Railroads. The information on origins is from the H H Copeland
Reoports.

Photos suggest that the coal that originated at the Ida May and
Williams mines and on the Elkins line was shipped in WM hoppers. The
Ida May mine was a Bethlehem Steel mine and shipped to their plants
primarily in Baltimore, MD and Bethlehem, PA. The Williams mine was a
Consolidation Coal mine and shipped to commercial customers. I believe
that the various mines on the Elkins line also shipped to commercial
customers. Consequently, I would expect to see WM hoppers in the
Philadelphia and New York City areas and in New England and Canada.
This coal was delivered to the Reading at Lurgan PA, near Shippensburg,
for shipment to these destinations.

The B&O coal was received at Cherry Run WV and delivered to the Reading
at Lurgan. Its likely that some of the B&O hoppers that were
photographed in Philadelphia and New York City areas and in New England
and Canada were shipped via the WM.

Larry Kline
Pittsburgh, PA


Pete Brown &#92;(YahooGroups&#92;) <YahooLists@...>
 

FYI

I'm currently doing a little more research into the information below. I
haven't yet found any credible references (just some postings) for L&HR,
NYNH&H and B&M being considered part of the Alphabet route.

Thanks to Paul C. for getting me to take a second look at this :-)

Pete

_____________________________________________________
 Pete Brown - Gambrills, MD (Near Annapolis)
 Visit my personal site : http://www.irritatedVowel.com
 (wallpaper, western maryland ry, .net, photography, model rr)

________________________________________
From: Pete Brown (YahooGroups) [mailto:YahooLists@...]
Sent: Saturday, October 02, 2004 6:36 PM
To: STMFC@...
Subject: RE: [STMFC] NH/WM /B&O hoppers on the Erie

The WM was an active participant in the alphabet route, which might explain
some of its rolling stock being found up in NY during the diesel era.

The alphabet route included: WM, P&WV, Reading, CNJ, NYC&STL, W&LE, L&HR,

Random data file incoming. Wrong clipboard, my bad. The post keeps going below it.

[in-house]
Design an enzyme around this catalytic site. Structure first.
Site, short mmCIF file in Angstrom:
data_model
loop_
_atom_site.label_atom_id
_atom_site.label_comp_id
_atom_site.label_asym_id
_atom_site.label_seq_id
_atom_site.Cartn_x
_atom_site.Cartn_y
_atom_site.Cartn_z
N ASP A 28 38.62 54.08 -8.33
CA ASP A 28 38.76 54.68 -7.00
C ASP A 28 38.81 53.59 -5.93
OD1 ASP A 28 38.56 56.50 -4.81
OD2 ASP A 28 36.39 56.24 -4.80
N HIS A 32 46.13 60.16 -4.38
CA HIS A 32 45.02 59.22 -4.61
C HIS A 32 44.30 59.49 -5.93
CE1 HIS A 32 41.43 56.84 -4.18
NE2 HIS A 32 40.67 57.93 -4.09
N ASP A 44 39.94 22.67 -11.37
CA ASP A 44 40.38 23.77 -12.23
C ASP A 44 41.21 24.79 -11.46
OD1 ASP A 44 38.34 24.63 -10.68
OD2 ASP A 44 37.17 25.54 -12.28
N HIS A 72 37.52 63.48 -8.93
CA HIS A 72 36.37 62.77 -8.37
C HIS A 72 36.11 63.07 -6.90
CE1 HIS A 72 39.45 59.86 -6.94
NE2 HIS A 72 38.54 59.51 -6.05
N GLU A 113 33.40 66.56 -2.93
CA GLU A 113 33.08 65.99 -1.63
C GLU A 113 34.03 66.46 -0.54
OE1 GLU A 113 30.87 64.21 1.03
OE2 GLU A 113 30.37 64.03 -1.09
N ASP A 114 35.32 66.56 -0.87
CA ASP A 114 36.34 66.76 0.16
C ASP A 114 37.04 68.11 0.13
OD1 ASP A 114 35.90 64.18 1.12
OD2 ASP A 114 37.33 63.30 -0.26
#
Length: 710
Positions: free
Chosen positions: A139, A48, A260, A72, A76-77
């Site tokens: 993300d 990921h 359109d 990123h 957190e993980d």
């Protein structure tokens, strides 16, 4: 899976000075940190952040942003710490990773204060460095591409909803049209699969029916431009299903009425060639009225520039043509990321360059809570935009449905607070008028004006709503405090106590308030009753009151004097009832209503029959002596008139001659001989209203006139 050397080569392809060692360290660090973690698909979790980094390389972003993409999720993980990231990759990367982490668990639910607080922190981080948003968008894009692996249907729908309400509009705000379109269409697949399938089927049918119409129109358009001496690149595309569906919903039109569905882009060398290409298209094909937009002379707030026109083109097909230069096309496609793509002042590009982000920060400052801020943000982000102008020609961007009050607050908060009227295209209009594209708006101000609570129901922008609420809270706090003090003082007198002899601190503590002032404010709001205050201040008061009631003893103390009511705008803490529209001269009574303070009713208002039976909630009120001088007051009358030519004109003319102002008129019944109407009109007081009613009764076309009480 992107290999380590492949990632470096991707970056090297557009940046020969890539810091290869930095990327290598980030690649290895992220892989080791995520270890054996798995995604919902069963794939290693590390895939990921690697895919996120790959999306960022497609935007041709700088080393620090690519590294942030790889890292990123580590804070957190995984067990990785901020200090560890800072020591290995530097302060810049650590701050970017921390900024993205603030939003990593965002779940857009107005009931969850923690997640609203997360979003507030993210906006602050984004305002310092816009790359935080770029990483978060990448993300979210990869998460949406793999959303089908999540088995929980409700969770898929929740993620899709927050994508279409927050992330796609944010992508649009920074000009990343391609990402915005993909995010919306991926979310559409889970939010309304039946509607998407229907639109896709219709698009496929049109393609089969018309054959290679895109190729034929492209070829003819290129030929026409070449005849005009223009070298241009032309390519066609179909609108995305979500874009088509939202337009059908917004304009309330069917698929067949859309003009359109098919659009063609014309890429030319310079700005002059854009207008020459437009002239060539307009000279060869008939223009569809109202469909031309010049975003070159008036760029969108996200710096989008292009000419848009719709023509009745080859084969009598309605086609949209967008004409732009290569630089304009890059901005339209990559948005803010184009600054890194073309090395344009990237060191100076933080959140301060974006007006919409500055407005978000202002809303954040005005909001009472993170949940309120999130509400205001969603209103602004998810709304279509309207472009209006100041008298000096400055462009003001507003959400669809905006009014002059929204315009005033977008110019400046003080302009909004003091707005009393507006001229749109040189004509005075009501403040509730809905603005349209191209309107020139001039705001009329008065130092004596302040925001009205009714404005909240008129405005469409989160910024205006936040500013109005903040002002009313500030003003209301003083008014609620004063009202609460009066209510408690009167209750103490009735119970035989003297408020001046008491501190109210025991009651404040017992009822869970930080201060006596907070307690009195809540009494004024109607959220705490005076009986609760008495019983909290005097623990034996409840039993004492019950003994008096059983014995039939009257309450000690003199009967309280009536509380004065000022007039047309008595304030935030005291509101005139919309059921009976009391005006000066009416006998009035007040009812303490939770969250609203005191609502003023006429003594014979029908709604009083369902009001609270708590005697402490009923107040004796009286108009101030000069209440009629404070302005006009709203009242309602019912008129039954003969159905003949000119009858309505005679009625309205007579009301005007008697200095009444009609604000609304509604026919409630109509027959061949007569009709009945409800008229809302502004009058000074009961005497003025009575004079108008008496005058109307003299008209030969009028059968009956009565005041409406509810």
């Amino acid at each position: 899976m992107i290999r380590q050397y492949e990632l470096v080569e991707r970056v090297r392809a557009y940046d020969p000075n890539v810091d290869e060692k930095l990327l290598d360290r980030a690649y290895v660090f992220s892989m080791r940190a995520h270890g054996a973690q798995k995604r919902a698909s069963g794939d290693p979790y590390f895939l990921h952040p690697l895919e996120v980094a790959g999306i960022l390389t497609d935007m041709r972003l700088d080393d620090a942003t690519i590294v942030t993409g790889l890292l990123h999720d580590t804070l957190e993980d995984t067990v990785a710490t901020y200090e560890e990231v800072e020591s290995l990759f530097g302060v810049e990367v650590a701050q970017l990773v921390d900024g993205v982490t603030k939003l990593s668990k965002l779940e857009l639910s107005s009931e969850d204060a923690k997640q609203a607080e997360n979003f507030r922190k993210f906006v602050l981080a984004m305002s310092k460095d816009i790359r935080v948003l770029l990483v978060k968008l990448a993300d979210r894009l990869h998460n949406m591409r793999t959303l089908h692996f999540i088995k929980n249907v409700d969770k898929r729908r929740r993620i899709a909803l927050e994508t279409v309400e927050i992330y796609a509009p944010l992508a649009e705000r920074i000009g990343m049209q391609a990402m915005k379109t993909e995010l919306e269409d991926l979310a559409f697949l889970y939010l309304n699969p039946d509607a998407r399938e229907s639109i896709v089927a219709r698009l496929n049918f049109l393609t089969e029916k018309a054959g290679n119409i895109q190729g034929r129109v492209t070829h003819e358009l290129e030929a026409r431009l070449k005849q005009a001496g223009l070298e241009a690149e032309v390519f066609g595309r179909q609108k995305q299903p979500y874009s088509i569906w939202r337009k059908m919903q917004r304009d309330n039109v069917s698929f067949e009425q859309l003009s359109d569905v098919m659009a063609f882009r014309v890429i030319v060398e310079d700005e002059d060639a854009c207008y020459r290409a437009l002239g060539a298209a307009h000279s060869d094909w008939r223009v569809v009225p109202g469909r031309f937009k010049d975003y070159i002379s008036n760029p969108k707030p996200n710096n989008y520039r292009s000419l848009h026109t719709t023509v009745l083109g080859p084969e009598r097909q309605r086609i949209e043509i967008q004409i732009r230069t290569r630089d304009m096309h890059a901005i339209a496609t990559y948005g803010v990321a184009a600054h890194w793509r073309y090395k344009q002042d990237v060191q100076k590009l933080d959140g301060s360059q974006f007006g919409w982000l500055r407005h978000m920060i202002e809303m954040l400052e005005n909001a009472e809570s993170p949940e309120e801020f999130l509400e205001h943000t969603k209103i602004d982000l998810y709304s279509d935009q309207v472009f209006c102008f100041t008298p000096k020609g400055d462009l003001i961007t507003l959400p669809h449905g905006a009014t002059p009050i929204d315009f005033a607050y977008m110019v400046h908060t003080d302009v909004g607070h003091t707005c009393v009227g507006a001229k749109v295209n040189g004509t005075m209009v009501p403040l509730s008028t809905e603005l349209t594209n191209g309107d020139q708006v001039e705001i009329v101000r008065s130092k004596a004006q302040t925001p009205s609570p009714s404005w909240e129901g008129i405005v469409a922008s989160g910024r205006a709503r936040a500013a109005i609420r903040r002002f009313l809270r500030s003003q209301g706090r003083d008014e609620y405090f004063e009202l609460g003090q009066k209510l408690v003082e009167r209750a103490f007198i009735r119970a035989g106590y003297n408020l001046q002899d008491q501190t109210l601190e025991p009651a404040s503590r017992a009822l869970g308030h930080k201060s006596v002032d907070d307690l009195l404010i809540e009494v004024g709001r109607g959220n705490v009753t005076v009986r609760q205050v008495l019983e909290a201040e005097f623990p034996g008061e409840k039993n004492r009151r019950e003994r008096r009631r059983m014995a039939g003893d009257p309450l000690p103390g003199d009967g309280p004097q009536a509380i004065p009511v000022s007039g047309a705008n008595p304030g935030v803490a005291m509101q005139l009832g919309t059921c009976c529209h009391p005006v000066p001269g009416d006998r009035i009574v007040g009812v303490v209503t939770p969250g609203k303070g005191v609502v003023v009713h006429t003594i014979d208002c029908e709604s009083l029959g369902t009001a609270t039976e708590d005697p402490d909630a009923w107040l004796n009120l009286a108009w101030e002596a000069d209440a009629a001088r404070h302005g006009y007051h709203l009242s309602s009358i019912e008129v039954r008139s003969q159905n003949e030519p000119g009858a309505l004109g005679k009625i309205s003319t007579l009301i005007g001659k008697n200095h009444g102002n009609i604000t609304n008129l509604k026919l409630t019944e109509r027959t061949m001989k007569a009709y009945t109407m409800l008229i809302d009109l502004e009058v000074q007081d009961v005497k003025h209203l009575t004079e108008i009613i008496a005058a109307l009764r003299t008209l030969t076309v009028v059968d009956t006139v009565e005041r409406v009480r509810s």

NYNH&H and B&M. It did not include the Erie or B&O, however, and was even
considered competitors of those railroads, IIRC.

I know WM had customers in odd places that specifically wanted its coal for
various uses. Most of the WM coal went to Baltimore and out on ships,
however.

The WM coal operations, specifically those in the Chaffee branch in WV, can
make for some really interesting modeling. Shay #6, the largest as-built
Shay ever, was the ruler of those 10% grades up to the coal mines.

Pete

_____________________________________________________
Pete Brown - Gambrills, MD (Near Annapolis)
Visit my personal site : http://www.irritatedVowel.com
(wallpaper, western maryland ry, .net, photography, model rr)


Pete Brown &#92;(YahooGroups&#92;) <YahooLists@...>
 

Thanks Larry. Great diagram.

Pete

_____________________________________________________
 Pete Brown - Gambrills, MD (Near Annapolis)
 Visit my personal site : http://www.irritatedVowel.com
 (wallpaper, western maryland ry, .net, photography, model rr)

________________________________________
From: larry kline [mailto:lndkline@...]
Sent: Sunday, October 03, 2004 1:57 PM
To: STMFC@...
Subject: [STMFC] Re: NH/WM /B&O hoppers on the Erie

I just posted a diagram called _WM coal traffic - 1950s_ that shows the
origins and destinations for coal traffic on the WM.  The information
on destinations is from an article in the May 1950 issue of Modern
Railroads.  The information on origins is from the H H Copeland
Reoports.

Photos suggest that the coal that originated at the Ida May and
Williams mines and on the Elkins line was shipped in WM hoppers.  The 
Ida May mine was a Bethlehem Steel mine and shipped to their plants
primarily in Baltimore, MD and Bethlehem, PA.  The Williams mine was a
Consolidation Coal mine and shipped to commercial customers.  I believe
that the various mines on the Elkins line also shipped to commercial
customers.  Consequently, I would expect to see WM hoppers in the
Philadelphia and New York City areas and in New England and Canada. 
This coal was delivered to the Reading at Lurgan PA, near Shippensburg,
for shipment to these destinations.

The B&O coal was received at Cherry Run WV and delivered to the Reading
at Lurgan.  Its likely that some of the B&O hoppers that were
photographed in Philadelphia and New York City areas and in New England
and Canada were shipped via the WM.

Larry Kline
Pittsburgh, PA


boyds1949 <john.king@...>
 

In addition to the B&O coal shipped to the northeast via WM, a large
amount of B&O coal was also interchanged with both the Reading and
PRR at Cumbo, WV, an interchange yard just west of Martinsburg, WV.
Reading ran trains on the PRR between Penn Road Tower (north of
Chambersburg) and Cumbo.

John King



The B&O coal was received at Cherry Run WV and delivered to the
Reading
at Lurgan. Its likely that some of the B&O hoppers that were
photographed in Philadelphia and New York City areas and in New
England
and Canada were shipped via the WM.

Larry Kline
Pittsburgh, PA